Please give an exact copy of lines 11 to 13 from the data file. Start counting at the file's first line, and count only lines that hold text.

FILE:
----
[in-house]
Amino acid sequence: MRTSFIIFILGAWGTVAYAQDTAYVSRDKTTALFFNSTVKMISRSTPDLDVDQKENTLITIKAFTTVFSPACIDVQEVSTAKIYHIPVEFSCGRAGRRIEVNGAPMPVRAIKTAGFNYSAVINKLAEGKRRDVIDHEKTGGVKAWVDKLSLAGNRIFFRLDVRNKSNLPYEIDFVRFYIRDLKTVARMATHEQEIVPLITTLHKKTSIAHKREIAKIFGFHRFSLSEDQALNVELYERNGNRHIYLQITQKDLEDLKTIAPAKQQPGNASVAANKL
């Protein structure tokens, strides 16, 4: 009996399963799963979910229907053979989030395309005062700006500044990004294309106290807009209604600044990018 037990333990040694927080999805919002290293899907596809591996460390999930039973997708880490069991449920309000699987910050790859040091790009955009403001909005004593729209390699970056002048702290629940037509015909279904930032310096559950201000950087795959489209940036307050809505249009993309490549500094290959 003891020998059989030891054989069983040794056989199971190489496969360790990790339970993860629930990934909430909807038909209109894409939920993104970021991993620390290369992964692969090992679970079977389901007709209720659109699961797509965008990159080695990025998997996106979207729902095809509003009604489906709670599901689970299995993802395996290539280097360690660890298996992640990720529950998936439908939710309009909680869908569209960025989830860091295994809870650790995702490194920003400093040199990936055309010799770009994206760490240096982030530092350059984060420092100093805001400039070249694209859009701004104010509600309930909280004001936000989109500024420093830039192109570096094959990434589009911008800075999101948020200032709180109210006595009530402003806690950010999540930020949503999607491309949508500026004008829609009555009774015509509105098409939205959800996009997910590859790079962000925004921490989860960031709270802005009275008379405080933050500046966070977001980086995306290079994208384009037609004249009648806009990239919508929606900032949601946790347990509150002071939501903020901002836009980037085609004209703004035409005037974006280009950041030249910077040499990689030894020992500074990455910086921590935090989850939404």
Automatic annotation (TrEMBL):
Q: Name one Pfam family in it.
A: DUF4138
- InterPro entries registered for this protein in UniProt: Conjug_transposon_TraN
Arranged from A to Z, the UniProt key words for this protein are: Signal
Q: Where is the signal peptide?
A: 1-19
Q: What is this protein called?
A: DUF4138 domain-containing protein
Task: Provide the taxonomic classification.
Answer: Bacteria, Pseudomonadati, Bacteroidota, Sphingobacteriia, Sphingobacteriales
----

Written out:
Q: What is this protein called?
A: DUF4138 domain-containing protein
Task: Provide the taxonomic classification.